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Perverse Identities

Identities in Conflict


Edited By Flocel Sabate

The urgent need for the study of exclusive identities in conflict is ever more apparent in a globalizing world in which societies are becoming multicultural and complex and in which inter-cultural contact and the co-existence of languages and cultures comes increasingly to bear on the construction of plural identities. The present book considers perversion in the construction of identity and the perverse usage of identity in areas such as social cohesion – xenophobia, racism, ostracism, rejection, ageism, marginalisation – and the mismanagement of linguistic identity, language groups and associated discriminatory practise arising out of historical and culturally based discrimination. The texts were submitted in an international meeting held in the Institute for Identities and Societies of the University on Lleida (Catalonia, Spain) in November 2012.
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Evil in Terry Pratchett’s Discworld: Havelock Vetinari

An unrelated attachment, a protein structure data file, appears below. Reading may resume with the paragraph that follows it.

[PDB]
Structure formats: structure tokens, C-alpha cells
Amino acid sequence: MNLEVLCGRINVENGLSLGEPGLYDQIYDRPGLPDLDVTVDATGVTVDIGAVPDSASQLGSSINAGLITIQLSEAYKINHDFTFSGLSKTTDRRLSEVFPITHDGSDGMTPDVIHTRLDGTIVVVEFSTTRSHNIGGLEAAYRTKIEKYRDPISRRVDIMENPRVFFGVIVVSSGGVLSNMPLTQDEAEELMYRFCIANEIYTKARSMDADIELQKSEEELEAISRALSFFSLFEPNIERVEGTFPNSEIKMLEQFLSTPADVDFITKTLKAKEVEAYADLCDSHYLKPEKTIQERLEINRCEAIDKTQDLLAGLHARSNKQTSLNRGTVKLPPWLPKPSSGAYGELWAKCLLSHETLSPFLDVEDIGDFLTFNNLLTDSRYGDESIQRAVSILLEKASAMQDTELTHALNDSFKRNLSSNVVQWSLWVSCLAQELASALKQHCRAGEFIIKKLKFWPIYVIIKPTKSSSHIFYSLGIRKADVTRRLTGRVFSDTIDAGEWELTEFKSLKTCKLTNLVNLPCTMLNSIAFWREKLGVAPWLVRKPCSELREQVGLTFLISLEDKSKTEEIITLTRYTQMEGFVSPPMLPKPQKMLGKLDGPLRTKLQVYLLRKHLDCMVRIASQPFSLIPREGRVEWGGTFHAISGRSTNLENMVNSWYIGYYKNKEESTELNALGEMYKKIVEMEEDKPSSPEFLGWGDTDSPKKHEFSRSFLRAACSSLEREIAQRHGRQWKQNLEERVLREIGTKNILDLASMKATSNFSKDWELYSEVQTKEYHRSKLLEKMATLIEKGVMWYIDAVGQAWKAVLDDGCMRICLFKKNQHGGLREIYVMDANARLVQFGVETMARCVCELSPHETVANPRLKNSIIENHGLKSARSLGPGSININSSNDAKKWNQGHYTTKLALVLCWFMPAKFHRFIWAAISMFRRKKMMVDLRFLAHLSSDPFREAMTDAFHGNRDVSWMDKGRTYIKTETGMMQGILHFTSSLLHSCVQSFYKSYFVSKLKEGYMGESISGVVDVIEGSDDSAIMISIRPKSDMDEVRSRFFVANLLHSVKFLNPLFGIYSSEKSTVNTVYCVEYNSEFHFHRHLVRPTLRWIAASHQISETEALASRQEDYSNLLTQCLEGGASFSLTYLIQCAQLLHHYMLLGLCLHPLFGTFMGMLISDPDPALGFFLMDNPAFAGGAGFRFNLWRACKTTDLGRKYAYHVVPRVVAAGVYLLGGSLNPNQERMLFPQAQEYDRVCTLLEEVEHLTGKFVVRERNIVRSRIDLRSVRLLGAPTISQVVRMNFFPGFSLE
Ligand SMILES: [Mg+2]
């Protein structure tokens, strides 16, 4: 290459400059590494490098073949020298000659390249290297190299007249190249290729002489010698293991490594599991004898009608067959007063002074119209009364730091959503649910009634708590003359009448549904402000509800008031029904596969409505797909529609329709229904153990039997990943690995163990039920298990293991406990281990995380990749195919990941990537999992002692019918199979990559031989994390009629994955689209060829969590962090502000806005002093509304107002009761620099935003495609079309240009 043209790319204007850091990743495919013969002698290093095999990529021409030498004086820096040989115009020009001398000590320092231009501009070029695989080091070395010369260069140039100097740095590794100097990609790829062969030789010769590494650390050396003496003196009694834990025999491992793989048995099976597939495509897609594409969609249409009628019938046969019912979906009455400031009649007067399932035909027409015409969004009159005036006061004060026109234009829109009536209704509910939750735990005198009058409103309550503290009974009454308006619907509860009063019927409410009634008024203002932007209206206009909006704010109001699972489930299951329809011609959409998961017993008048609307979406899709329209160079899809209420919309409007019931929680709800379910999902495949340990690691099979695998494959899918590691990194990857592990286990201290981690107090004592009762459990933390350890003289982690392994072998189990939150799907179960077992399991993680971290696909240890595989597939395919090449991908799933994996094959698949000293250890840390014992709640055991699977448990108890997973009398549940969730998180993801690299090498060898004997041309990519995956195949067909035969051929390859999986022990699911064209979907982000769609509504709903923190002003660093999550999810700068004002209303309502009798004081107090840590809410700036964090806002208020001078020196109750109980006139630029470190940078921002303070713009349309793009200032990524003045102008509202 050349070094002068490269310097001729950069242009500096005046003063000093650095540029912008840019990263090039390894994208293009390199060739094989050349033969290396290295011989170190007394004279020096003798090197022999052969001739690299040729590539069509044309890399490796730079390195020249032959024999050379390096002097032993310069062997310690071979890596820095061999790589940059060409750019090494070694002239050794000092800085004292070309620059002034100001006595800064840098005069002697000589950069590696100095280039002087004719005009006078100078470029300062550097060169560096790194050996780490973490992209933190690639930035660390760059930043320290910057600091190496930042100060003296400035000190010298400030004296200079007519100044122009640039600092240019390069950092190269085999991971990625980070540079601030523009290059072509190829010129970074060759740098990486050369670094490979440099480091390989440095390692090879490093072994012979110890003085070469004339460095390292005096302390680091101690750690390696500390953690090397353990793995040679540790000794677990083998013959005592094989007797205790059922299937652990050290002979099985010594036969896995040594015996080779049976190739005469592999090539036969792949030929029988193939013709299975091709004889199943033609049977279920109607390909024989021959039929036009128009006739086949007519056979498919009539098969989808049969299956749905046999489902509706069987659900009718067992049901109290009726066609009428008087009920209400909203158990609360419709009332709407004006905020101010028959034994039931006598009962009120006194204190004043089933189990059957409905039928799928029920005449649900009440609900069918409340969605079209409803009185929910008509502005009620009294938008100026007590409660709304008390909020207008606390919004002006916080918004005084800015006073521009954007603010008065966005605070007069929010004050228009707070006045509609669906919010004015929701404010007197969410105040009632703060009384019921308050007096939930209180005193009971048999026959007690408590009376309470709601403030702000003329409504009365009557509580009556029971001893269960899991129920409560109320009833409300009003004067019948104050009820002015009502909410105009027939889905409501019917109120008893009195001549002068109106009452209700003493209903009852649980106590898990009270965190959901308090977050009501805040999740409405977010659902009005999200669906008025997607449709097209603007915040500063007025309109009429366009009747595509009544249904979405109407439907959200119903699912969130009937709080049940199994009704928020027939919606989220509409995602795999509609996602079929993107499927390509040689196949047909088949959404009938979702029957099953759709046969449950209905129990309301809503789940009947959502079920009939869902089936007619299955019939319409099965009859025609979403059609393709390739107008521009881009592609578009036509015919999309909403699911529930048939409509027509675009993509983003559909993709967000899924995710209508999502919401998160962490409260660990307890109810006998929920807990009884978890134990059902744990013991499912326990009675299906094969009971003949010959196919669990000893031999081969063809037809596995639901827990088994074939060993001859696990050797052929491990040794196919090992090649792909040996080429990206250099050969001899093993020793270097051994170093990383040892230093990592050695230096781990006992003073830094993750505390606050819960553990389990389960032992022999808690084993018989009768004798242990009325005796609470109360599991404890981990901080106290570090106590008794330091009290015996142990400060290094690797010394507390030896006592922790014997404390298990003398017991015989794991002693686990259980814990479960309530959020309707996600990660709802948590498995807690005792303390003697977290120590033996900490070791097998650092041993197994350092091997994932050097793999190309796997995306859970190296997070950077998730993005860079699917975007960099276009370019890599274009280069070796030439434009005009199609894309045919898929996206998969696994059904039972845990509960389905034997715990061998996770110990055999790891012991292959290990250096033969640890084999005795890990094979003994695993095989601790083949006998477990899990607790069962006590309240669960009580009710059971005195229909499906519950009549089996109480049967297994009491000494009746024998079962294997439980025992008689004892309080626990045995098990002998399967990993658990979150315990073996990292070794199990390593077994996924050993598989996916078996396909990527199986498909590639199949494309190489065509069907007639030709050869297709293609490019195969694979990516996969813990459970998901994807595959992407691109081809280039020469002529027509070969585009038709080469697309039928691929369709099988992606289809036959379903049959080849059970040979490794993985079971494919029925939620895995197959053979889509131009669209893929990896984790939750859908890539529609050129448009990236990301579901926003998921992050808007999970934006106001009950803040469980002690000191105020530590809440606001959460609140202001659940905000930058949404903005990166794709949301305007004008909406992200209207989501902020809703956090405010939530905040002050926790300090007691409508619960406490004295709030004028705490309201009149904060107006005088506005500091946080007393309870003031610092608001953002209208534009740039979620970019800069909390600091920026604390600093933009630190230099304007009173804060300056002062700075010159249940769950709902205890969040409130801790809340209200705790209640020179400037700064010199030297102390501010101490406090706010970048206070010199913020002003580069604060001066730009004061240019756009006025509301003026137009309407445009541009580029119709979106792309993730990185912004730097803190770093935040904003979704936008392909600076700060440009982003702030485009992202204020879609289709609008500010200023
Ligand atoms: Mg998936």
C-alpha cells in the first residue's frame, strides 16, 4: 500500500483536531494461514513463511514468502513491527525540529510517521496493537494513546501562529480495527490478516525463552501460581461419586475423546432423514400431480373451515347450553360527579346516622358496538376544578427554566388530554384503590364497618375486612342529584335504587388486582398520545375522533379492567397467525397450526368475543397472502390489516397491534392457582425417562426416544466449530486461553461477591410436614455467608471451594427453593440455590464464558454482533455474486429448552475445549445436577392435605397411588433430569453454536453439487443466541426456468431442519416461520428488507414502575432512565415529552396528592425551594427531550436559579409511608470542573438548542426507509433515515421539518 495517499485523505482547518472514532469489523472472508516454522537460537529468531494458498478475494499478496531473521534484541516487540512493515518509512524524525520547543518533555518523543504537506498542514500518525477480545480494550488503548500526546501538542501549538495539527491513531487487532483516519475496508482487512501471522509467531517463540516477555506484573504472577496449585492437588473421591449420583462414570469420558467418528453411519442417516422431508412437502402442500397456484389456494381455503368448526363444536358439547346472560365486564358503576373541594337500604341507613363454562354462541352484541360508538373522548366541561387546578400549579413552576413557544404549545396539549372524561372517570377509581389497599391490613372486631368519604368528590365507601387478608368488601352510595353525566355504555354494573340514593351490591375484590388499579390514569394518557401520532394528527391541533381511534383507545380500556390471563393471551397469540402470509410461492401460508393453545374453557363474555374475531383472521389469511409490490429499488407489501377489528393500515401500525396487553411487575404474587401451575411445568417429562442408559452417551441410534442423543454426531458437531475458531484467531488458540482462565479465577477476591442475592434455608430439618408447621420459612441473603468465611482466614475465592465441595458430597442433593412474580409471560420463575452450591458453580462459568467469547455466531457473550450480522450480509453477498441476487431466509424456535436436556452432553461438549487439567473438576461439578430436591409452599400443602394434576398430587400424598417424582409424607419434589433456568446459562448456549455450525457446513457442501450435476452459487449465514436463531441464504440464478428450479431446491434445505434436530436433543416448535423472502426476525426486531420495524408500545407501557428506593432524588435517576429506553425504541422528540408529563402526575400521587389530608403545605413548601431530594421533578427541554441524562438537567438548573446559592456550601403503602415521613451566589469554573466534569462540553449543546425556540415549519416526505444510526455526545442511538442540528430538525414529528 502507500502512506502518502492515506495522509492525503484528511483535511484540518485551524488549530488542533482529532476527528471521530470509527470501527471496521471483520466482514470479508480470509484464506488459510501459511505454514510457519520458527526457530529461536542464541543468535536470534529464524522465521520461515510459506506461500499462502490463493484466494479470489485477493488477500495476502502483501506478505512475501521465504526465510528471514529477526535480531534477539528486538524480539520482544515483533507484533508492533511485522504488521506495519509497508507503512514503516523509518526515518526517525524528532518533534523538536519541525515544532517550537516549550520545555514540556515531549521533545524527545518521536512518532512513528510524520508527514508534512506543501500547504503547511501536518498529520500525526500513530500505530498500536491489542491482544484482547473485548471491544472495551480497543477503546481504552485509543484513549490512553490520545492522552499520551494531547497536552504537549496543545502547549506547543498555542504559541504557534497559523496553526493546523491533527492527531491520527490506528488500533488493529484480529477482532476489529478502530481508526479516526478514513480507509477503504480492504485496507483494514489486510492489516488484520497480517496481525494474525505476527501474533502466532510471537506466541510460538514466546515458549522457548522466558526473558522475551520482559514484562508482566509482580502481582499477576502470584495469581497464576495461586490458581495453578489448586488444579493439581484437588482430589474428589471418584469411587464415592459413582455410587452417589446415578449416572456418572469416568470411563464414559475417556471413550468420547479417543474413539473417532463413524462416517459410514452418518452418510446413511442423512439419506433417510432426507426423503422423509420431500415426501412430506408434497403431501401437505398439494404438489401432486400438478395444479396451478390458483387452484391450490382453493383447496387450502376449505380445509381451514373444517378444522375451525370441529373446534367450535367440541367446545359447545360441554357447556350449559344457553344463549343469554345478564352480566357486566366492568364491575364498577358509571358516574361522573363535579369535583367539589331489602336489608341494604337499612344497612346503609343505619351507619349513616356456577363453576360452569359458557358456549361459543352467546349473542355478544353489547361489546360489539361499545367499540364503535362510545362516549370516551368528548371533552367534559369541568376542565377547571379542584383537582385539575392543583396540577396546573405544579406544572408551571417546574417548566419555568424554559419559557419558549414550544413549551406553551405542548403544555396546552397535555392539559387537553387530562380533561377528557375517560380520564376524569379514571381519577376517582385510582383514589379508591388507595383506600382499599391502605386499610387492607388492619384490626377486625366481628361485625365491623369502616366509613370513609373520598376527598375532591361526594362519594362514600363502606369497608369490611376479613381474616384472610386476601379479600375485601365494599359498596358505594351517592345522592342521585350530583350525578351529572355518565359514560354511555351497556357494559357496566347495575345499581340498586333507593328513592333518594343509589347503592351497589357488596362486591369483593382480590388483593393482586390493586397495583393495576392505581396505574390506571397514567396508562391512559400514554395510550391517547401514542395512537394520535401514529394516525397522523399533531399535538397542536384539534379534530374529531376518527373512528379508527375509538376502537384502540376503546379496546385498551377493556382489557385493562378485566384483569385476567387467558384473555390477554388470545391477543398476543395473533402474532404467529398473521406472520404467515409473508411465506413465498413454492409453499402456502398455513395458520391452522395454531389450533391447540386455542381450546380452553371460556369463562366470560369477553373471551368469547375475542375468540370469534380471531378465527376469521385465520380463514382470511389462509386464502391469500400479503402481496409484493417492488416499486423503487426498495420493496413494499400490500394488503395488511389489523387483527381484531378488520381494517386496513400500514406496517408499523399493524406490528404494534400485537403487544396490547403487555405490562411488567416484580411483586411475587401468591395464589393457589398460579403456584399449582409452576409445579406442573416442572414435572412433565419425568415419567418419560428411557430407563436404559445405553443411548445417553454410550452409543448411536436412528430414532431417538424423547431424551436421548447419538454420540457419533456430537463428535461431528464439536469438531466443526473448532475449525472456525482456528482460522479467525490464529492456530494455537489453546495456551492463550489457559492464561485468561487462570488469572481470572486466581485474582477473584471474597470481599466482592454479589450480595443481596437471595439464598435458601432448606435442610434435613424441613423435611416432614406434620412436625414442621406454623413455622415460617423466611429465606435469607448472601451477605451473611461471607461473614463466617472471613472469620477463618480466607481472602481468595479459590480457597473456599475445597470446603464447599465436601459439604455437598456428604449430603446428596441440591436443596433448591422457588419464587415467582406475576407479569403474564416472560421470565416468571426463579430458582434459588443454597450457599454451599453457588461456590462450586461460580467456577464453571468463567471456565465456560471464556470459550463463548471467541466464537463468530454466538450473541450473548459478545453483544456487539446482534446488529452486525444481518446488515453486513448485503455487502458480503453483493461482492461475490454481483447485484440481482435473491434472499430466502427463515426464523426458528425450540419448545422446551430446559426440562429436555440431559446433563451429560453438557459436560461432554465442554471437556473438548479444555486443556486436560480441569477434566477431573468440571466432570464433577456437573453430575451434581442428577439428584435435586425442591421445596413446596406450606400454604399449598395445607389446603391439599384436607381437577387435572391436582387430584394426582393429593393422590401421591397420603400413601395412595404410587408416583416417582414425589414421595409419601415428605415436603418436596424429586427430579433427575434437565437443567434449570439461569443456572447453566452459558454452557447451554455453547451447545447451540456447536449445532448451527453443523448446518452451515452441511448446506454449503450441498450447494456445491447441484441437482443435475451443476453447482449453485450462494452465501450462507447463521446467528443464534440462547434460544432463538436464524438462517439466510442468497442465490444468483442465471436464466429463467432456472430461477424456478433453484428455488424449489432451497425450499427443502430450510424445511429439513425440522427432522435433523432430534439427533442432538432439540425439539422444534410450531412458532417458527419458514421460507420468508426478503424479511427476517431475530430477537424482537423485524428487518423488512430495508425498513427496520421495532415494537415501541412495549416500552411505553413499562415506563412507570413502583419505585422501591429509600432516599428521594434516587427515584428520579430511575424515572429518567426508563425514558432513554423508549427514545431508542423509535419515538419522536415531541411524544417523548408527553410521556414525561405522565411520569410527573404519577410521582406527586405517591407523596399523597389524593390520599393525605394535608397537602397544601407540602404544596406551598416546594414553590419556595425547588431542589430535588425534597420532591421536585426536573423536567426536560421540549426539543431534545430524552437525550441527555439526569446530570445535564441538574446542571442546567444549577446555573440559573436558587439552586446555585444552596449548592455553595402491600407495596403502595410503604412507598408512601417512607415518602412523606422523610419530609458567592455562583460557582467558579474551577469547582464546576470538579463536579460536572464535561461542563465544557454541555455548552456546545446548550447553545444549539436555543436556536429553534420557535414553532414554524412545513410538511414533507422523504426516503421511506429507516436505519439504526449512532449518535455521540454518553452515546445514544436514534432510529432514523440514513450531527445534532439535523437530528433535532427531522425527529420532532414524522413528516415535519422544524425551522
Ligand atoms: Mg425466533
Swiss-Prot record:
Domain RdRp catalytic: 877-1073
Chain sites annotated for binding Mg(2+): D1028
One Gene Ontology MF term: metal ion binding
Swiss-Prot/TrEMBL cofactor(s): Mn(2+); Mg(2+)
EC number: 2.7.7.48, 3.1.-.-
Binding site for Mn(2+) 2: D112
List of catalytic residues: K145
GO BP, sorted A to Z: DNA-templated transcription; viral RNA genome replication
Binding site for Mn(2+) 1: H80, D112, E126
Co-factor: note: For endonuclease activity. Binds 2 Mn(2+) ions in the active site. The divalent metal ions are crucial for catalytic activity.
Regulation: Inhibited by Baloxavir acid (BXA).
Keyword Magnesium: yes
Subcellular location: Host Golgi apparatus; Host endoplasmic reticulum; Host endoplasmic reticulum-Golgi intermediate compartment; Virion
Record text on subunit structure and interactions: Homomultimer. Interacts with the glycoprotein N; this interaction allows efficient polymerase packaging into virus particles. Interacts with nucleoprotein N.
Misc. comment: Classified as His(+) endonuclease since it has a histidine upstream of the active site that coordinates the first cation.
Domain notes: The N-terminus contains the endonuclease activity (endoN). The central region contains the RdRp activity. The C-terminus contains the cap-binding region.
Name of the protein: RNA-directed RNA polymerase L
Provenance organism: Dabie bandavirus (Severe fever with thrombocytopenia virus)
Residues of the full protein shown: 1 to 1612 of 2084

Universitat Autònoma de Barcelona


The Discworld, a flat, alternate world to ours created by the British author Sir Terry Pratchett, is the setting for a phenomenal literary success in terms of sales and criticism. By the time this paper is written, forty fantasy novels set in the Discworld have been published in thirty-seven different languages, having sold over 70 million copies worldwide1. Many different beings such as vampires, undead, trolls or werewolves populate this “world and mirror of worlds”2, and archetypical fantastic elements like dragons, magic, time travel, afterlife and automata are present.

While the Discworld novels were initially developed as a parody of the type of genre inspired by Tolkien’s Lord of the Rings3, they started re-shaping as a unique science-fiction and fantasy series of books that include themes such as racism, technology, social inequalities, war or sexism, all in a growingly dark and somber environment4.

Another element to highlight with regard to the Discworld novels is the vast amount of references they include, not only to other literary works, but also contextual elements from our own world, folklore and fairy tales, legends, ← 301 | 302 → and popular culture in general. In addition, a reader will find several analogies to historical events and persons when reading the Discworld novels5.

While the Discworld is a heterogeneous setting where countries or continents that differ largely among themselves exist, this paper focuses on the vibrant Discworld...

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